Finding the Blight That's Right for California Redevelopment Law
47 Pages Posted: 14 May 2001 Last revised: 4 Mar 2014
Date Written: March 3, 2014
For over half a century federal and most state laws empowering local governments to act as urban redevelopers have attempted to confine such activity to blighted areas. Nowhere have the statutory definitions of blight, and the judicial enforcement of those standards, been more restrictive than in California. In two recent cases, Diamond Bar and Mammoth Lakes, appellate courts struck down redevelopment proposals for crossing the blight line. This paper describes those cases in light of the blight standard successfully championed in Sacramento in 1993 by the pro-redevelopment lobby to head off more restrictive legislation. Undercutting the tougher definition was, predictably, spotty enforcement. In rejecting administrative oversight at the state level, the legislature left ample room for cities and counties to adopt redevelopment projects in flagrant disregard of the 1993 law. Some cities and counties have done so and have gotten away with it.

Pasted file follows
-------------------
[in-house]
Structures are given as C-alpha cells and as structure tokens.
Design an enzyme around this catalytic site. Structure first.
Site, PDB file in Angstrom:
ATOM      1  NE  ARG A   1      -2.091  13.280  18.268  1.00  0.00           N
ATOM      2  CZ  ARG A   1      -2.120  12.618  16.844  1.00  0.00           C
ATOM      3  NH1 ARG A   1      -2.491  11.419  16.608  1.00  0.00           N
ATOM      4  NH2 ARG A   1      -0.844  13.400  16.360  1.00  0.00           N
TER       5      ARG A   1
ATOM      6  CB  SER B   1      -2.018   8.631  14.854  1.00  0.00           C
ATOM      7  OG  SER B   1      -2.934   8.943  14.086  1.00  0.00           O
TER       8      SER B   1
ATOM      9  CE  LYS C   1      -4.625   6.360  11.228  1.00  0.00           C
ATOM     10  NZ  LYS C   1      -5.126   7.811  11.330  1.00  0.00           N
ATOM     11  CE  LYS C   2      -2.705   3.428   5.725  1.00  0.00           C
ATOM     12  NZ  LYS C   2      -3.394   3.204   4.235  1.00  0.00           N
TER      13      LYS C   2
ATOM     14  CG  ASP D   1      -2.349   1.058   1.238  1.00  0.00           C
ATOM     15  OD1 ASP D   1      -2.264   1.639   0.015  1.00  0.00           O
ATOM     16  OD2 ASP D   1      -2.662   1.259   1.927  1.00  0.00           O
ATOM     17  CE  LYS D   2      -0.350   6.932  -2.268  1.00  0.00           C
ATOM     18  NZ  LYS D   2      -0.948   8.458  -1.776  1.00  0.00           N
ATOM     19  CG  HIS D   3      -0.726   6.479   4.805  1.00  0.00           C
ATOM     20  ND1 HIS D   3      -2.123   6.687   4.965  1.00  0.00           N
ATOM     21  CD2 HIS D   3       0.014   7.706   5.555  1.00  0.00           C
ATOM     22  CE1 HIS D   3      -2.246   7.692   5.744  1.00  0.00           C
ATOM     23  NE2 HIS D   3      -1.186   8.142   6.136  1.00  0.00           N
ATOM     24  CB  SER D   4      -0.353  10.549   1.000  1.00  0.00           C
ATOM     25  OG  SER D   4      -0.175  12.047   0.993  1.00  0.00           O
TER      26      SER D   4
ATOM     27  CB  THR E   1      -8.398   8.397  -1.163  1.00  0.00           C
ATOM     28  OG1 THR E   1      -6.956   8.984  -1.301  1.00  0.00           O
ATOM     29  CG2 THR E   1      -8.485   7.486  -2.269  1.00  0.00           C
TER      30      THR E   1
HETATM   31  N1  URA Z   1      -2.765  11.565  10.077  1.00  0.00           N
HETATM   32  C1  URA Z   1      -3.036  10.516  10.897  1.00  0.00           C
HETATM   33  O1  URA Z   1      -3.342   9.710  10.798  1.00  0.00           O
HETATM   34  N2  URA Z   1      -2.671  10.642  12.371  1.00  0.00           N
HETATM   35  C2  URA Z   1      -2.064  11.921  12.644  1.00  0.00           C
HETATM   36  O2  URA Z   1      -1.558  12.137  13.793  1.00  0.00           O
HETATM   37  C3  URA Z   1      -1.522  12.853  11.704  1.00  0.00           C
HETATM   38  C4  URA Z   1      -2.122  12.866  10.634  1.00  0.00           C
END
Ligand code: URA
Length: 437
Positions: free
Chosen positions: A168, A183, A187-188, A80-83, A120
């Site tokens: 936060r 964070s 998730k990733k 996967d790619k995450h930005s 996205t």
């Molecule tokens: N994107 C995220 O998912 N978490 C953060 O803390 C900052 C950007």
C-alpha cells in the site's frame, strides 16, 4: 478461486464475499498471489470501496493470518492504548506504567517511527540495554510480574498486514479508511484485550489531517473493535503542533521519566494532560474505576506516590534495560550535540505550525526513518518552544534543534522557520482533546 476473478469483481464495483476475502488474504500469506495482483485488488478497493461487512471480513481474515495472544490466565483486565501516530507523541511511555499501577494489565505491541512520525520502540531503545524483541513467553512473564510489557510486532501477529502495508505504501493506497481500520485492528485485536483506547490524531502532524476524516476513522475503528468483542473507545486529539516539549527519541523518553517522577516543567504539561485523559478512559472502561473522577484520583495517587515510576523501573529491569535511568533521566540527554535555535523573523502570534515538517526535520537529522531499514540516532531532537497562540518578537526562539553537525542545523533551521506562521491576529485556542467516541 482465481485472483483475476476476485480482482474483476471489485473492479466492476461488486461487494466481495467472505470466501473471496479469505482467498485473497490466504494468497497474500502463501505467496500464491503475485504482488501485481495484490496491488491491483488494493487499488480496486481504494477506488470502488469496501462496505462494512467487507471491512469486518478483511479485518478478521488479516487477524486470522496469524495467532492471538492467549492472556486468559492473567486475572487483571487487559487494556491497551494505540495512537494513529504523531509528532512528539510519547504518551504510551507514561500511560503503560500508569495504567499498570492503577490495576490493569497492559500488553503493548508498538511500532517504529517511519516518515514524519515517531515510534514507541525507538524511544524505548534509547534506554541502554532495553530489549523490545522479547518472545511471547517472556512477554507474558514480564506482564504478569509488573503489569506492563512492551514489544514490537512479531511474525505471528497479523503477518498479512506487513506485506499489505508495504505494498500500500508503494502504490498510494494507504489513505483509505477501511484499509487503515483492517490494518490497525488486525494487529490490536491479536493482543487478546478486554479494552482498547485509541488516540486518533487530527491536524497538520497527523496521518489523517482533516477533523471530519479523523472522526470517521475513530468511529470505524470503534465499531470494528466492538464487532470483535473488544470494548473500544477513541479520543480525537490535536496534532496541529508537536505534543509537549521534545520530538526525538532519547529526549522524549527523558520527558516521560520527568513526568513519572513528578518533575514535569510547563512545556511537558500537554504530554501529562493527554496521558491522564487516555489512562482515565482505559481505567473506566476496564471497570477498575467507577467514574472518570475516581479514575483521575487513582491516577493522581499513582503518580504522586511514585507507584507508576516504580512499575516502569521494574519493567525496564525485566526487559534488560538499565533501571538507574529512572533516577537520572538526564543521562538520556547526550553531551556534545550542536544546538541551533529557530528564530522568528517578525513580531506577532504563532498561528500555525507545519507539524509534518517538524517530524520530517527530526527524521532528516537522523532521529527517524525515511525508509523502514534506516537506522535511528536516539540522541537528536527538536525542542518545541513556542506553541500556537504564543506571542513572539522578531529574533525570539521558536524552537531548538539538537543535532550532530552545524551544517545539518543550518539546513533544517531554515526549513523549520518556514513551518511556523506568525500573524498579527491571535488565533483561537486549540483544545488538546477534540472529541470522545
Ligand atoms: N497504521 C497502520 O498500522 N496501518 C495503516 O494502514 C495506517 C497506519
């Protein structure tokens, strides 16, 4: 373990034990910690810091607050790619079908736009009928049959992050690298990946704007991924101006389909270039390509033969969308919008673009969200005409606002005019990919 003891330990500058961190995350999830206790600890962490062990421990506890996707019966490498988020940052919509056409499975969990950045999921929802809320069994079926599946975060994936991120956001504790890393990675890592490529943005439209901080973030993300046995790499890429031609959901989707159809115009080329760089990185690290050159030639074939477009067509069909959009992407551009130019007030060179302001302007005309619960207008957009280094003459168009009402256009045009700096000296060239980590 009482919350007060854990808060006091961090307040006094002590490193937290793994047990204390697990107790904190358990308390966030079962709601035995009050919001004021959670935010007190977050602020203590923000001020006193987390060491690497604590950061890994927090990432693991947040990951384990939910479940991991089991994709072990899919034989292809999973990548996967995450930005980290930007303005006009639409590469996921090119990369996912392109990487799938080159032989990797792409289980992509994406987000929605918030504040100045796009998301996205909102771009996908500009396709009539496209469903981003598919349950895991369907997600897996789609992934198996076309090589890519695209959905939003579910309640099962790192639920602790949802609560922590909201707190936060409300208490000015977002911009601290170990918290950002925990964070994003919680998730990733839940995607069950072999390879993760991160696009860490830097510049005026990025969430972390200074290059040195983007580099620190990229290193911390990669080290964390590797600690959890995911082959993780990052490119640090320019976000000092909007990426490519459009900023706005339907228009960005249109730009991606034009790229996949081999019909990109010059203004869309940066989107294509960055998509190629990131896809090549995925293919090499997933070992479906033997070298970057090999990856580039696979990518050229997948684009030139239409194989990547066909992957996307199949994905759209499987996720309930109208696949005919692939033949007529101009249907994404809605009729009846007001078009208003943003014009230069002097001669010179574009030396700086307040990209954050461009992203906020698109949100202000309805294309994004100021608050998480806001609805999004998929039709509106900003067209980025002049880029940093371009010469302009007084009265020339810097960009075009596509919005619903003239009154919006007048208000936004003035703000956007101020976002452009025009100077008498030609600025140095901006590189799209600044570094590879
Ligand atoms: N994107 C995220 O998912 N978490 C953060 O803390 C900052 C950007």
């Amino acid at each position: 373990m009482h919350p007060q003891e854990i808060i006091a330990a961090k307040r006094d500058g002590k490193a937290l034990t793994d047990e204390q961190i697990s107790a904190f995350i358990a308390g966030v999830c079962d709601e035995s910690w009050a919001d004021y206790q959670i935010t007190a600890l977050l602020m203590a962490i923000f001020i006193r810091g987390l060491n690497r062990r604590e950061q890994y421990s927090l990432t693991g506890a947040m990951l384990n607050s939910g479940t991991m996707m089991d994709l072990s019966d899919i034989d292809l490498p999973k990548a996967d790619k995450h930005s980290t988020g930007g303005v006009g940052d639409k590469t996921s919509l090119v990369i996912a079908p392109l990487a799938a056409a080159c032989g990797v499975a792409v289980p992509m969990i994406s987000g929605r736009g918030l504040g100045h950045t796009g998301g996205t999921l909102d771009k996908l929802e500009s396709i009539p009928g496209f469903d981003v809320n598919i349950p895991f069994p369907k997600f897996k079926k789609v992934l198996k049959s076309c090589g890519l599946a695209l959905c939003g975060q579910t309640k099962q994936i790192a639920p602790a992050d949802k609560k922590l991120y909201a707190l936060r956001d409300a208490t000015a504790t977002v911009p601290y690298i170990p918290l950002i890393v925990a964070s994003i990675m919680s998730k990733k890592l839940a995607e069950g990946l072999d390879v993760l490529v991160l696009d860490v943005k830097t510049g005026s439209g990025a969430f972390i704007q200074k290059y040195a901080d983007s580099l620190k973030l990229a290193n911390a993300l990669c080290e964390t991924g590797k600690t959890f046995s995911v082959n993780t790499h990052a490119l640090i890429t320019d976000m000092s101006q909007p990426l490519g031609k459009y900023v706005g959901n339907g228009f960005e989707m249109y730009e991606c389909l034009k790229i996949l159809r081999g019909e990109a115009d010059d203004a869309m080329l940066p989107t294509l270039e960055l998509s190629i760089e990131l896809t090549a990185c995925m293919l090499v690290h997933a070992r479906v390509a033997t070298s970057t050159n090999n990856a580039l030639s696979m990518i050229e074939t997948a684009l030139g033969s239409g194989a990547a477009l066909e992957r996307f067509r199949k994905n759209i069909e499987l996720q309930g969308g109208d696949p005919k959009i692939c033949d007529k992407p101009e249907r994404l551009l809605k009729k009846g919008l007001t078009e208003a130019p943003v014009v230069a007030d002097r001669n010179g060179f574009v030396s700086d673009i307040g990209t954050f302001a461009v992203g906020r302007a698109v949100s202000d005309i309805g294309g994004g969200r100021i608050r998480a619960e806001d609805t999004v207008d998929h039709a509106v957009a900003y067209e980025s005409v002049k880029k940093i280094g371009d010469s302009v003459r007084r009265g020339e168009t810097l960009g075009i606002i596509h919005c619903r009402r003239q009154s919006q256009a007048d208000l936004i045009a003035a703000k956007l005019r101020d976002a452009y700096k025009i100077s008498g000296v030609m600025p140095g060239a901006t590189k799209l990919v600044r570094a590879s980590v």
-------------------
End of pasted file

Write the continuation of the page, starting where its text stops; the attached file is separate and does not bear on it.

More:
This article describes the evolution of the blight standard, then concludes that the definition of blight ought to be relaxed to accommodate redevelopment projects undertaken to achieve sound planning objectives of the sort mandated by state planning legislation. In this way, local governments won't have to risk defying the law and playing development litigation roulette as a pre-condition to using redevelopment powers to improve their communities. More than ever, broad redevelopment powers can be useful in the revival of some declining inner suburbs built thirty to fifty years ago, and instrumental as well in coaxing higher densities of development into the cores of rapidly expanding areas to slow down "sprawl," facilitate the use of public transport, and reduce infrastructure costs.
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